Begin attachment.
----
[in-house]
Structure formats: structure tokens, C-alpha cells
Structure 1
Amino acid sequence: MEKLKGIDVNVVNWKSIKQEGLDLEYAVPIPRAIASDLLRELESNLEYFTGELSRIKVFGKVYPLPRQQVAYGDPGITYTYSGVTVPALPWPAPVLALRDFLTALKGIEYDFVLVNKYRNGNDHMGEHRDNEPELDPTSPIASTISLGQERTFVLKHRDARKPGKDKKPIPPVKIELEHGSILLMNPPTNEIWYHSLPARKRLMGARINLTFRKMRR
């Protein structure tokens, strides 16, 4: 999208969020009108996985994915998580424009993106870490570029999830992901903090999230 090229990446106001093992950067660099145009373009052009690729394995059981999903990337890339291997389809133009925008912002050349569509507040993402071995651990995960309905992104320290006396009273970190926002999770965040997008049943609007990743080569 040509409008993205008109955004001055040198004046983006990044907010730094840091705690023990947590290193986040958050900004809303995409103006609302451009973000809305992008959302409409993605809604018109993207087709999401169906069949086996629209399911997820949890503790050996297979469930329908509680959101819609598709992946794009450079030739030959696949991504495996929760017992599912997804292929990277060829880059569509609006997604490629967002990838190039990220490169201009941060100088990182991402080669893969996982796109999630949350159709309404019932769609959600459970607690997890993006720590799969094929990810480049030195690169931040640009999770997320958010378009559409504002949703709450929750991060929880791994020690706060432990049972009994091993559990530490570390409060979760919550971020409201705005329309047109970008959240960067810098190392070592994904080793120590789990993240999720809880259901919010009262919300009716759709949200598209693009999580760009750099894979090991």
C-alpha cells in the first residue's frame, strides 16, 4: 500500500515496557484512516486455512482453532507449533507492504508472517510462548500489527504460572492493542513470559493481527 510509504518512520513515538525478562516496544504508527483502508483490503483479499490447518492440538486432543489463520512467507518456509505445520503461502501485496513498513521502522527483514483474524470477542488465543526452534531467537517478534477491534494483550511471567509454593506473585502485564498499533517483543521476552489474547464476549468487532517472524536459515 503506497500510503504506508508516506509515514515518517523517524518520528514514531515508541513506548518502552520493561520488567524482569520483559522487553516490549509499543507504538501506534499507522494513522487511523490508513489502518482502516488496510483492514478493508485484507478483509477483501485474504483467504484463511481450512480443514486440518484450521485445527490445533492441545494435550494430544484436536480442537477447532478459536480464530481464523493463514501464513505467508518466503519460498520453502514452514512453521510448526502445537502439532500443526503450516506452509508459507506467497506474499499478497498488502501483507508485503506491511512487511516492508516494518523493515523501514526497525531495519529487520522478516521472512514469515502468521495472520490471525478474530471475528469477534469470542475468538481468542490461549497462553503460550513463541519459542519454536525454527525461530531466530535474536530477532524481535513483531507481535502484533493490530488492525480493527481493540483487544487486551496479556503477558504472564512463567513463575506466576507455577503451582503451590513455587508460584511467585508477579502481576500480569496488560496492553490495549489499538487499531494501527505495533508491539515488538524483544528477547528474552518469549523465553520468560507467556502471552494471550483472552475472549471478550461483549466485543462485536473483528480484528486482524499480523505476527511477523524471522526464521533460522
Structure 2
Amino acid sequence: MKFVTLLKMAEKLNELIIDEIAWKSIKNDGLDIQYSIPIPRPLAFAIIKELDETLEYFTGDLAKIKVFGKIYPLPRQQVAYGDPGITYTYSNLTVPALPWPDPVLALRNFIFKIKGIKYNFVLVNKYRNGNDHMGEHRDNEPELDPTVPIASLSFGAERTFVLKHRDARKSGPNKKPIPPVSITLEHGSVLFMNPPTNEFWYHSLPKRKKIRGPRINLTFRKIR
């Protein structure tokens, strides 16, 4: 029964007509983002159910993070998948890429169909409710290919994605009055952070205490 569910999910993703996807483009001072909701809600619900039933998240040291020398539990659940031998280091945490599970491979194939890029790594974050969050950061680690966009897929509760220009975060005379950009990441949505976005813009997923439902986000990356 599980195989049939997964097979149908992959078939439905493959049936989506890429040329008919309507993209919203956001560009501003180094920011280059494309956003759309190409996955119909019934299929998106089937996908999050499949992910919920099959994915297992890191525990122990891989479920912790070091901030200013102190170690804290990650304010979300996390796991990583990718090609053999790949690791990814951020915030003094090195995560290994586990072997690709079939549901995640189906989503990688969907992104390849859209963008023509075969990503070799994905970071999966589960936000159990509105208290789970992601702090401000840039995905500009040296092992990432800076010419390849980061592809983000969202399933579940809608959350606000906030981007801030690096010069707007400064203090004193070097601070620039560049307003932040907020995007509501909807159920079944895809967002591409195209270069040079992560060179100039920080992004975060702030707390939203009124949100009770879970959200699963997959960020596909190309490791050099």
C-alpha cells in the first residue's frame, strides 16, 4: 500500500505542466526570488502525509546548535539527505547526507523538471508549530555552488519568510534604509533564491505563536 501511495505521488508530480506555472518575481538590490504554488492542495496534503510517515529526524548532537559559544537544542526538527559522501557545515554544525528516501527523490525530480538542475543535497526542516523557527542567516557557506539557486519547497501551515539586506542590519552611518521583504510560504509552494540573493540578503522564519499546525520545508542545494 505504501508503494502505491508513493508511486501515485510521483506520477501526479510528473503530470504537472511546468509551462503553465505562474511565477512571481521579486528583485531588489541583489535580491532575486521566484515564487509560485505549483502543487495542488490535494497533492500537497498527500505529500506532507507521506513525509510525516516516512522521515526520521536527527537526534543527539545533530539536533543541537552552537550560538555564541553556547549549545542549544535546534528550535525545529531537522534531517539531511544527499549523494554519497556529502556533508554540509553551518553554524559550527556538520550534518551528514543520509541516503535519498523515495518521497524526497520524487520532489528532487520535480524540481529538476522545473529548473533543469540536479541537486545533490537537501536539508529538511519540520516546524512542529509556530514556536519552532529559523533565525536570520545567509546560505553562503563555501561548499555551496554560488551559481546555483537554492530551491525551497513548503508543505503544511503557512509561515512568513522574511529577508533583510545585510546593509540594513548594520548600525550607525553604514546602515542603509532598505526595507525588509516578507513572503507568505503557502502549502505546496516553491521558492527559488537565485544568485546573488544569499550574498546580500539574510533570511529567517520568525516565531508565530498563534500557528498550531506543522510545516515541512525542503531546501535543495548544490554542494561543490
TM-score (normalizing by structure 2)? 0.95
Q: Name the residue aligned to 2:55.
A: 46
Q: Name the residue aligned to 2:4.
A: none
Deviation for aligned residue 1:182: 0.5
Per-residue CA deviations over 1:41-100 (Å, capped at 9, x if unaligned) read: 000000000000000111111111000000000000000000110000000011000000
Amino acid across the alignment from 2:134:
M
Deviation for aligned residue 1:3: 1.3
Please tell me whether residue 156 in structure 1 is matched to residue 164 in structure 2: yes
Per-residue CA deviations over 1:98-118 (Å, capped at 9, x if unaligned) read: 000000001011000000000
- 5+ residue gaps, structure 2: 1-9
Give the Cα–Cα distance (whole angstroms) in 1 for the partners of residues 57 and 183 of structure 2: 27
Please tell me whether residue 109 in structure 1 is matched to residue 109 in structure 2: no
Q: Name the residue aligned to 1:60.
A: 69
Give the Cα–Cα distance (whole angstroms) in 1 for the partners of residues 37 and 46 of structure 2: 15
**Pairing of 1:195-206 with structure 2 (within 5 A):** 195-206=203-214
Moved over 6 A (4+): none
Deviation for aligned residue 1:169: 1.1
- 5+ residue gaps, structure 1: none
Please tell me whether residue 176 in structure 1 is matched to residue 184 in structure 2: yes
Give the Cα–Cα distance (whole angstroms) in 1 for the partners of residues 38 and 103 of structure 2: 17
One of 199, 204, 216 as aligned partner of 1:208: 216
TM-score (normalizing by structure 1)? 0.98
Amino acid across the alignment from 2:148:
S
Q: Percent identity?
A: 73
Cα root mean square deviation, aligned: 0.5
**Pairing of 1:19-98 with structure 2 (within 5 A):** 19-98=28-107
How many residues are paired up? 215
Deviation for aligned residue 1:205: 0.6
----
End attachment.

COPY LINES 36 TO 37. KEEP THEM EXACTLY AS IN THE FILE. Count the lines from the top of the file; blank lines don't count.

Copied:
TM-score (normalizing by structure 1)? 0.98
Amino acid across the alignment from 2:148: